Charles Gordon is a widely recognised authority in dispute resolution. His mediation and arbitration practice focuses on (re)insurance, restructuring and insolvency, financial services and joint venture/shareholder/partnership disputes. Having advised on leading cases at all levels, including the Supreme Court, Charles has consistently been recognised as one of London’s leading individuals in Chambers & Partners and the Legal 500 guides to the legal profession. He writes and lectures extensively on dispute resolution issues.
Noted for combining a warm sense of humour with robust probing of parties’ positions, Charles is described as a “natural mediator” whose style is built on meticulous preparation and a thorough understanding of clients’ commercial positions.
Corporate and Commercial
Insurance and Reinsurance
Partnership and Shareholder
Sports, Telecoms, Media and Entertainment
REPRESENTATIVE MATTERS[fa icon="caret-right"]
Major insurance and reinsurance energy loss in Saudi Arabia (2013–present)
Confidential joint venture dispute in Middle East (2013-present)
Claridges, Connaught and Berkley Hotels shareholder dispute (2011 to date)
Asbestos Coverage Trigger Litigation (2000-2012): Led the team which acted as lead lawyers in Supreme Court test case litigation, coordinating six separate actions to determine the correct trigger for policy coverage under EL policies in respect of mesothelioma claims
Builders Accident Scheme of Arrangement (2000-2012): This was an example of a scheme of arrangement in respect of an insolvent employers' liability insurer. The scheme contained ground breaking claims handling arrangements and complex negotiations with the Financial Services Compensation Scheme.
Billiton Mining losses (2008-2012): Handling claim for 38 international reinsurers in respect of US$1.5 billion claims arising from the 2008 Queensland Flood and US$500 million claims for the Antamina copper mine in Peru
Bonner v Cox (AON 77) (2006): US$100 million energy quota share reinsurance dispute involving ground breaking issues relating to a cedent's duty of care to reinsurers
Freeport (2006): Acted on a US$500 million claim following a mining failure in Indonesia
Konkola Copper Mines v Swiss Re (2005): This is a case arising from a major mining failure in Southern Africa and is now a reported case with regard to the extent of jurisdiction and choice of law clauses and their interaction with European Regulations on jurisdiction. Charles acted for the reinsurers.
Turner & Newall v Equitas (2002): Acting in respect of extensive coverage litigation relating to Turner & Newall, the leading UK asbestos manufacturer. The case involved substantial arguments as to the extent of coverage for asbestos exposure and also as to the basis upon which compulsory employers' liability insurance could be avoided in respect of material misrepresentation and non-disclosure, together with the operation of exclusion clauses. Following settlement of the case, Charles has been involved in the detailed negotiations leading to a scheme of arrangement for Turner & Newall with both its former employees and its insurers.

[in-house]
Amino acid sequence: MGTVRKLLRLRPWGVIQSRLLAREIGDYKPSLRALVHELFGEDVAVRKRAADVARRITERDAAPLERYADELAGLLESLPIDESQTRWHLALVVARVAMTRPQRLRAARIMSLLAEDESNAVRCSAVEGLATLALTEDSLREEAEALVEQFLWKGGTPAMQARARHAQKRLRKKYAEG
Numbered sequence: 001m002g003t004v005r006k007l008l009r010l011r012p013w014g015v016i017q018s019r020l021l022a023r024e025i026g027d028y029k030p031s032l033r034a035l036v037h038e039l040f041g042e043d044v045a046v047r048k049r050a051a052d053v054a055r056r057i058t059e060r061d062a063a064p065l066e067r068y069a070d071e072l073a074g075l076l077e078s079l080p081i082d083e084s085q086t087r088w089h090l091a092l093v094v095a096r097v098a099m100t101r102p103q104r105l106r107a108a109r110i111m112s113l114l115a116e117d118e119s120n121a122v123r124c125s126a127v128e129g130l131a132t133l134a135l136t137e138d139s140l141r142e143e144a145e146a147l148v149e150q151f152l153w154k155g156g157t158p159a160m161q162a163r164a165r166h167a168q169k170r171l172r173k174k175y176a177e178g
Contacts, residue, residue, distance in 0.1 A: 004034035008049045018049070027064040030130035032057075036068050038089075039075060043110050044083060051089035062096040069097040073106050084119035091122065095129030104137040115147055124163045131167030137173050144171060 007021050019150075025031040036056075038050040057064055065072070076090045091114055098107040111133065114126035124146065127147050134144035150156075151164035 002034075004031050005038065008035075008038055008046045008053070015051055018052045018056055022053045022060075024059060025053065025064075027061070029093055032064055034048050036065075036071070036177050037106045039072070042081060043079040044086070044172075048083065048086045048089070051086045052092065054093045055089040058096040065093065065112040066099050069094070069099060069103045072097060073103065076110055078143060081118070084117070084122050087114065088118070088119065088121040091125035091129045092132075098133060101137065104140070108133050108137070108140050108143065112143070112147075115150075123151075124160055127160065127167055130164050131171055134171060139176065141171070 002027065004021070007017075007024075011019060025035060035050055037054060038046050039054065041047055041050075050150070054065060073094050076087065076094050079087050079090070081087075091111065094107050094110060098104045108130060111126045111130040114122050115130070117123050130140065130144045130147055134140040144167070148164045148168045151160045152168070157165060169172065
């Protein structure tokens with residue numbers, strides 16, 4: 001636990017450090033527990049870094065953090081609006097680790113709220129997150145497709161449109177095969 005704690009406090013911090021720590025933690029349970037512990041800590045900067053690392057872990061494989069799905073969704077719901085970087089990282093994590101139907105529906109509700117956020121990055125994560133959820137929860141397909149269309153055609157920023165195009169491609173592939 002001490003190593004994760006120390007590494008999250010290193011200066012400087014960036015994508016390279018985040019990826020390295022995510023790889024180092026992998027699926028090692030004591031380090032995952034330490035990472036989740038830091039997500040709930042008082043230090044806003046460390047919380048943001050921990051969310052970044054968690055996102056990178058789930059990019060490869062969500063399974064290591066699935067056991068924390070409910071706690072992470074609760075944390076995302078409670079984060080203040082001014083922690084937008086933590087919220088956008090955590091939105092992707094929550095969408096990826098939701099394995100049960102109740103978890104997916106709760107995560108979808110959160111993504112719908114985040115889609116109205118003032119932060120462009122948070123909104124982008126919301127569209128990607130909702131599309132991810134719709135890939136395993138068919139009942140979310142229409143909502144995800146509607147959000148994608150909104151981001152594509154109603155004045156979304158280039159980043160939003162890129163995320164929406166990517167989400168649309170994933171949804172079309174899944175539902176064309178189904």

BCCI v Mahmoud and others (2000): This was a House of Lords' decision on damages available to employees for loss of reputation in circumstances where their employer was subsequently found to have acted fraudulently. It also has become the leading case on the ambit of settlement and commutation agreements in respect of claims which were unknown at the time when the agreement was entered into
Bollom v Byas Mosley (2000): This is a leading reported case on the liability of insurance brokers. It involved the duties of a broker at the time of the renewal of insurance policies on behalf of the client and the extent of the broker's duty to advise his clients on possible extensions of cover which might be available to them
Hill & Berry v Mercantile & General Reinsurance Co (1996): This is the leading House of Lords authority on 'Follow Settlements' clauses. It establishes the circumstances in which reinsurers are bound to accept the basis upon which an underlying claim has been settled by their reinsureds. The case arose from the first Gulf War and is regarded by the market as a landmark decision.
Cox v Bankside Members' Agency (1995): This was a decision of the Court of Appeal on the rights and obligations of members' agents at Lloyd's and whether limited insurance recoveries should be paid to claimants pro rata or on a first-past-the-post basis. This was an important decision in the context of the Lloyd's litigation of the 1990s
HONOURS, MEMBERSHIPS AND PROFESSIONAL ACTIVITIES[fa icon="caret-right"]
Accredited Mediator, and Arbitrator, 1990
Chairman of Governors at New Beacon School, 2008-2012
Ombudsman, EU Supply Chain Initiative, 2014
Visiting Lecturer, Queen Mary University of London, 2014
Law Society EU Committee 2014-present
Probono legal work relating to Micro Insurance in developing countries and Judicial Standards in Bangladesh, 2013
European Commission Expert Group - EU Insurance Law, 2013